With her talents honed by veteran dance gurus, Swapnasundari has been a dominant presence in Kuchipudi and Bharatanatyam through the ’80s and ’90s. She learnt the art of the Telugu devadasis from several temple dancers, including the late Maddula Laxminarayana. She revitalised this ancient dance with the guidance of the late historian and poet, Dr. Arudra, who termed it Vilasini Natyam. She realigned it with rituals of worship in 1996. Swapnasundari is the first and only present-day performer to dance annually in the rituals of worship inside a temple.
| In 2003 she was awarded the Padma Bhushan for her contribution to dance, particularly the Andhra dance forms, becoming the youngest classical dancer of her genre to receive such an
Swapnasundari is called the “The queen of Kuchipudi dance” and teaches at her institution Kuchipudi Dance Centre in Delhi. She is also an accomplished singer. Her CDs and cassettes of songs for Kuchipudi are very popular.
After many years of dancing Bharatanatyam, why did you suddenly stop performing it?
Various reasons. The most important one being my desire to focus extensively on the unique features of the
Bharatham of yore that flourished in the hands of Telugu Temple-dancers and Court dancers. Its study, analysis, and effective reclamation required much more time and attention than I was able to give with my hectic performance schedules in Bharatanatyam.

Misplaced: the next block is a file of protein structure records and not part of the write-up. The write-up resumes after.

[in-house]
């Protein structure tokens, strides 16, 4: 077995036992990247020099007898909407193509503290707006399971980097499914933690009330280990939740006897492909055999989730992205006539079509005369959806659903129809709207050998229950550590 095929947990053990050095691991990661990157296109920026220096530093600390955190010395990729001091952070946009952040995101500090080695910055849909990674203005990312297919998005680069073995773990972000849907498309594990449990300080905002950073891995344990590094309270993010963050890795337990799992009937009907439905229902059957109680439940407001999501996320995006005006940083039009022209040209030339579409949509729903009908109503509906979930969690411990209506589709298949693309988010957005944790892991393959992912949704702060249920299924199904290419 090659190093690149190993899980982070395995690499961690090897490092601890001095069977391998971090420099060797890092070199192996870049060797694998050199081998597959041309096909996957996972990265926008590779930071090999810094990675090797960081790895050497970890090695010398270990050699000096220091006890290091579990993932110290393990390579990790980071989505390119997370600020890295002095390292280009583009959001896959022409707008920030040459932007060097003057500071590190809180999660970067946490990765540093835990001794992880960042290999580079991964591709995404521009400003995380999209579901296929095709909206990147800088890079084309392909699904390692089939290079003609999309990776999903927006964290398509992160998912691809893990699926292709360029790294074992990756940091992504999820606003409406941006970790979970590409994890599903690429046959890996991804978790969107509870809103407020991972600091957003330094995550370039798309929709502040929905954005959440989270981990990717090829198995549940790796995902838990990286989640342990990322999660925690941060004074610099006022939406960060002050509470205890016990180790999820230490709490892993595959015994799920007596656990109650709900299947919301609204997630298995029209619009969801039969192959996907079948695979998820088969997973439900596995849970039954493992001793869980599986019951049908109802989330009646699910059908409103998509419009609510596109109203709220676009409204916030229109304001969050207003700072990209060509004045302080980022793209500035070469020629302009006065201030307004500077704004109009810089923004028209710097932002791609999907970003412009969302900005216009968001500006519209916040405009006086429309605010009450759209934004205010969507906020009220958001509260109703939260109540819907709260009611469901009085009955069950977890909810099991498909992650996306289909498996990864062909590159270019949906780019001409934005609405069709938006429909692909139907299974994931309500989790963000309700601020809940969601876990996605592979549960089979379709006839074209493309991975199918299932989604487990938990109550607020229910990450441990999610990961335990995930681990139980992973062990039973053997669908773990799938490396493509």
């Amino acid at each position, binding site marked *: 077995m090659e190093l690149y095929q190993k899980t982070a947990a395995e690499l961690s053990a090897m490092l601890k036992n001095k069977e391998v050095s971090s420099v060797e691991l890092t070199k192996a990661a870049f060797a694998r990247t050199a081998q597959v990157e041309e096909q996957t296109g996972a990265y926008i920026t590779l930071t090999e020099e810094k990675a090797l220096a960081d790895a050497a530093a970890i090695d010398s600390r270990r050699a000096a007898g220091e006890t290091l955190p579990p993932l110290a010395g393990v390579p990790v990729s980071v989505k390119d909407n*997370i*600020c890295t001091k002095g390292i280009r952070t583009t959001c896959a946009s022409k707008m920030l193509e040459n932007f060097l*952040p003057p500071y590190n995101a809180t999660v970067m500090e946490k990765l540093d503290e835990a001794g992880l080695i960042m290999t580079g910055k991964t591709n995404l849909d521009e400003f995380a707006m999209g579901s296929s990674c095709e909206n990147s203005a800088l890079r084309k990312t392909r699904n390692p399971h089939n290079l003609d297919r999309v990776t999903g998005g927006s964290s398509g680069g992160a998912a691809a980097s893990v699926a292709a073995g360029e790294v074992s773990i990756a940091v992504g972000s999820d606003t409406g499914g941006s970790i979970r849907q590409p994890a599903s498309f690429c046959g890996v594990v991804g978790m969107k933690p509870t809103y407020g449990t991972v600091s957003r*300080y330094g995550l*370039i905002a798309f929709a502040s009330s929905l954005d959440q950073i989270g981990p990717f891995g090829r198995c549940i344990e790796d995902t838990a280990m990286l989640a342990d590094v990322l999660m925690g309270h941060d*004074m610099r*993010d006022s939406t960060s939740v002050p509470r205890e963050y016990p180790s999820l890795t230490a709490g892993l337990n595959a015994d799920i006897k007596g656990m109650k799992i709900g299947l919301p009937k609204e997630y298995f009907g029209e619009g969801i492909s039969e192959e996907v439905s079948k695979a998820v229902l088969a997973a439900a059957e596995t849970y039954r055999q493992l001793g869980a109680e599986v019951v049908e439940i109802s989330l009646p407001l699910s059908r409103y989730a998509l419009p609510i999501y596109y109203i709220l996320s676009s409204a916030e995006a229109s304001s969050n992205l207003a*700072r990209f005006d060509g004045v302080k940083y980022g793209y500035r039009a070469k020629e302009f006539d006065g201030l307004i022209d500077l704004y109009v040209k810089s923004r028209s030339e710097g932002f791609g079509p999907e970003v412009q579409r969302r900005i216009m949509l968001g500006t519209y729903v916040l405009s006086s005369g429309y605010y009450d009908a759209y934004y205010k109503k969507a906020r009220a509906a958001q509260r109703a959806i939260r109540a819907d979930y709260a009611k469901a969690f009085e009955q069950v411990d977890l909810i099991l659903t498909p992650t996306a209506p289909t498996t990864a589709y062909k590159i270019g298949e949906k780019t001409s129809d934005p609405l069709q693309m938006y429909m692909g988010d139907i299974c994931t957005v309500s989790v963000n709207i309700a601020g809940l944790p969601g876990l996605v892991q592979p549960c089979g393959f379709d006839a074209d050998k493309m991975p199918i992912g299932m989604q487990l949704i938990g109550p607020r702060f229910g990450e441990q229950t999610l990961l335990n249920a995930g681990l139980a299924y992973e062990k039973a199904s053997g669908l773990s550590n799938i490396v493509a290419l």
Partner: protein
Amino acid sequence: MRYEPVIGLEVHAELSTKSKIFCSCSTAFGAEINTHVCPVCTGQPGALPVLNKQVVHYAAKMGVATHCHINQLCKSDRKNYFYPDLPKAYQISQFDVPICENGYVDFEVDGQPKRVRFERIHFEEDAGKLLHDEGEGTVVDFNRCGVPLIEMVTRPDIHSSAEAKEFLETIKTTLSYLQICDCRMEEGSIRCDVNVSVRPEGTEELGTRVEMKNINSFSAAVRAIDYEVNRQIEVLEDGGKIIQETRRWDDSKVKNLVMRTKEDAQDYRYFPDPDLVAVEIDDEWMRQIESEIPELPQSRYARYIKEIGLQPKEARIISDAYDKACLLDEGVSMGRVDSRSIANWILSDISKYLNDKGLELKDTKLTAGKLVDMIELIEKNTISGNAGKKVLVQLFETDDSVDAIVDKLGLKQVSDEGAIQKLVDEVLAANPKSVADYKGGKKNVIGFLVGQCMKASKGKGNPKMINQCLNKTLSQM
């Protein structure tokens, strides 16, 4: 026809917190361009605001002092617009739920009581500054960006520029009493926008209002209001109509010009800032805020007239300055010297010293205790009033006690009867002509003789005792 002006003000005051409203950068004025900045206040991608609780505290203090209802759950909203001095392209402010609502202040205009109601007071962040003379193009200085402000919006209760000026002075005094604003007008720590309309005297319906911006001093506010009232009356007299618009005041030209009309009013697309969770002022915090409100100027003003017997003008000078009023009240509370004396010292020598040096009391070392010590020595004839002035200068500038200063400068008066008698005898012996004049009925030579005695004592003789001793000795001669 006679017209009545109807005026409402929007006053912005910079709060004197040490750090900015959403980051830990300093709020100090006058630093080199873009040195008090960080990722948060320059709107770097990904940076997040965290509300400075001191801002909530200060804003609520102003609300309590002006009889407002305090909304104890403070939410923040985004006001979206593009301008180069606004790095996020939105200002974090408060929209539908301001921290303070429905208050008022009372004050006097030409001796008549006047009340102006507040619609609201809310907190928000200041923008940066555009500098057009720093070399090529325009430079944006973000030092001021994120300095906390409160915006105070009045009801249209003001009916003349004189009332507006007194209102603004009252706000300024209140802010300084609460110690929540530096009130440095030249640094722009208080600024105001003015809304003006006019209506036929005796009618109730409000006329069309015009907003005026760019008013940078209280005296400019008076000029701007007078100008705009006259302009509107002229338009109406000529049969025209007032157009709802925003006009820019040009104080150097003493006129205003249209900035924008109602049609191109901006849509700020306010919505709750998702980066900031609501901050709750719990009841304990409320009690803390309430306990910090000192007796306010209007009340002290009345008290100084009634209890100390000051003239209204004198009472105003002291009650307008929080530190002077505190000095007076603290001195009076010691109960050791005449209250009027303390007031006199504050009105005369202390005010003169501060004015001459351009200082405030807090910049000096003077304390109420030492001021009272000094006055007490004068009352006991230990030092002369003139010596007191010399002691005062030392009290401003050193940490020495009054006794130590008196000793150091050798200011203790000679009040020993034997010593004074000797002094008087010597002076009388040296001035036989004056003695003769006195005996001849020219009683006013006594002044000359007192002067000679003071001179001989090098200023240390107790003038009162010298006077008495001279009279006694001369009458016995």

What was your inspiration to revive the temple dance form of the devadasis of Andhra?
An abiding interest in Andhra’s cultural, social and political history and my deep commitment to the task of bringing another rich cultural expression of the Telugu people before the art-loving public. Spurred on by the inspiration derived, first by watching some of the last living great artists from this tradition and then learning directly from them.
How different is Vilasini Natyam from Kuchipudi?
There is no direct relationship between the two. Any fleeting resemblance between them is somewhat like the passing similarity between Mohiniattam / Nangyar Koothu and Kathakali. The Telugu hereditary dancers of Vilasini Natyam from whom I have learnt, have never studied from Koochipoodi masters and most of them had not seen Koochipoodi performances until Television entered their lives. In fact, almost all of them were unfamiliar with the name of the late Smt. Bala Saraswati too!